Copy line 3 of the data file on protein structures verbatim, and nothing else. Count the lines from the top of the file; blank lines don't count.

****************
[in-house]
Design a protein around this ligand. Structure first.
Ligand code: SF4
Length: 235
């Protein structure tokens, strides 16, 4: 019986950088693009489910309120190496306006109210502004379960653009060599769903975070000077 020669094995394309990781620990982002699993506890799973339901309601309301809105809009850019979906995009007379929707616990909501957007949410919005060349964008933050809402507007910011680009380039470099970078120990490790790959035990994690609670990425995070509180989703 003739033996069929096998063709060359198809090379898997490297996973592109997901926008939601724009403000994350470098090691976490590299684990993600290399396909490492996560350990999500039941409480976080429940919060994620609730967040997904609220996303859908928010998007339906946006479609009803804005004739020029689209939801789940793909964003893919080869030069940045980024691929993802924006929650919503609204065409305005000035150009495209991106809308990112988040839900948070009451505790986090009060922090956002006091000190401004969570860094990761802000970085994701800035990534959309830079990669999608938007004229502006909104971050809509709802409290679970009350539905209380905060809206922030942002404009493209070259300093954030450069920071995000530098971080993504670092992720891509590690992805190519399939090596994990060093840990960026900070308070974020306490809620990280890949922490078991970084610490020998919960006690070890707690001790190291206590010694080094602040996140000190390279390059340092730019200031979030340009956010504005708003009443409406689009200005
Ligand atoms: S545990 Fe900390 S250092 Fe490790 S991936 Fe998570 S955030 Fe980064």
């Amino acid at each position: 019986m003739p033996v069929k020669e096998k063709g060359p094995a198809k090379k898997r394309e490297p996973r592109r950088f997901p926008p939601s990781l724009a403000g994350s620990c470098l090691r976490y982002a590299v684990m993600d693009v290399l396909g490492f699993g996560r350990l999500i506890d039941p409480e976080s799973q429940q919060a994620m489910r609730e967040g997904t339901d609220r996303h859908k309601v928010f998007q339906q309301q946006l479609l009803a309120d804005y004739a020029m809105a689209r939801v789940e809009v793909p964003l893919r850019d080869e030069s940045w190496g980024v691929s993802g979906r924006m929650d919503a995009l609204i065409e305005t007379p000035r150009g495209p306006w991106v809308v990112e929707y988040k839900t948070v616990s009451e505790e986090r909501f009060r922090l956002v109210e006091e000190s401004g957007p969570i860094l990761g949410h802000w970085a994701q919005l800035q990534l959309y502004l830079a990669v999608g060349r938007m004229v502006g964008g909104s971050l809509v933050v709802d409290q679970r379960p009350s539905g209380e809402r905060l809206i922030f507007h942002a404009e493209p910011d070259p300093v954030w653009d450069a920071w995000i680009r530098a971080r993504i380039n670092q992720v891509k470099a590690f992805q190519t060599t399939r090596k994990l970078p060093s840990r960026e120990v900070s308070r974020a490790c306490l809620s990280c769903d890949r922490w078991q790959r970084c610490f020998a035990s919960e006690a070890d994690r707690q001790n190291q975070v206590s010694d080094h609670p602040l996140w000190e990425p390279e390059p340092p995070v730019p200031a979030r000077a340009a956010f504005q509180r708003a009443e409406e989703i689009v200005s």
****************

Ligand code: SF4